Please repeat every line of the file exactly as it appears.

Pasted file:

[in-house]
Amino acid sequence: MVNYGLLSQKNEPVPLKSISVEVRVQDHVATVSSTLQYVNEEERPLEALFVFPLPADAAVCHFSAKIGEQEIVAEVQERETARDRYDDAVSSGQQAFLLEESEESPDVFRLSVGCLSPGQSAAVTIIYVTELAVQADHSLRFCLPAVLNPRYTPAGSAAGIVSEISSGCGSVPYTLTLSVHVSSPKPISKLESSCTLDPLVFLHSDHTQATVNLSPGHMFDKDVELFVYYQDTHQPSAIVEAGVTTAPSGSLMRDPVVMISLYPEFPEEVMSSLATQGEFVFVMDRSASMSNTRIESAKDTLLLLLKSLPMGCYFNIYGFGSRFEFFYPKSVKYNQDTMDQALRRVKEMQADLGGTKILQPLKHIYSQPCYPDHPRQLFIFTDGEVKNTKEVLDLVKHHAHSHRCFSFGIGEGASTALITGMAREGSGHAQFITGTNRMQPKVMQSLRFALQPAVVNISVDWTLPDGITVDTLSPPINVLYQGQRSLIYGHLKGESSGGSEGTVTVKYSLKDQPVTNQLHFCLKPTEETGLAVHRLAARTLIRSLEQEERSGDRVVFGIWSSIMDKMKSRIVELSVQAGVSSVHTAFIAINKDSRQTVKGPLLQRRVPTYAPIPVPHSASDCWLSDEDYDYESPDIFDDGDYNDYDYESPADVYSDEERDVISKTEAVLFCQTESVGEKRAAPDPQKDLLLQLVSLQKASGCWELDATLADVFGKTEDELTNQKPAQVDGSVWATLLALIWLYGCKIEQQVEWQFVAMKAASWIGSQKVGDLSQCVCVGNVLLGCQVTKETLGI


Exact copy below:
[in-house]
Amino acid sequence: MVNYGLLSQKNEPVPLKSISVEVRVQDHVATVSSTLQYVNEEERPLEALFVFPLPADAAVCHFSAKIGEQEIVAEVQERETARDRYDDAVSSGQQAFLLEESEESPDVFRLSVGCLSPGQSAAVTIIYVTELAVQADHSLRFCLPAVLNPRYTPAGSAAGIVSEISSGCGSVPYTLTLSVHVSSPKPISKLESSCTLDPLVFLHSDHTQATVNLSPGHMFDKDVELFVYYQDTHQPSAIVEAGVTTAPSGSLMRDPVVMISLYPEFPEEVMSSLATQGEFVFVMDRSASMSNTRIESAKDTLLLLLKSLPMGCYFNIYGFGSRFEFFYPKSVKYNQDTMDQALRRVKEMQADLGGTKILQPLKHIYSQPCYPDHPRQLFIFTDGEVKNTKEVLDLVKHHAHSHRCFSFGIGEGASTALITGMAREGSGHAQFITGTNRMQPKVMQSLRFALQPAVVNISVDWTLPDGITVDTLSPPINVLYQGQRSLIYGHLKGESSGGSEGTVTVKYSLKDQPVTNQLHFCLKPTEETGLAVHRLAARTLIRSLEQEERSGDRVVFGIWSSIMDKMKSRIVELSVQAGVSSVHTAFIAINKDSRQTVKGPLLQRRVPTYAPIPVPHSASDCWLSDEDYDYESPDIFDDGDYNDYDYESPADVYSDEERDVISKTEAVLFCQTESVGEKRAAPDPQKDLLLQLVSLQKASGCWELDATLADVFGKTEDELTNQKPAQVDGSVWATLLALIWLYGCKIEQQVEWQFVAMKAASWIGSQKVGDLSQCVCVGNVLLGCQVTKETLGI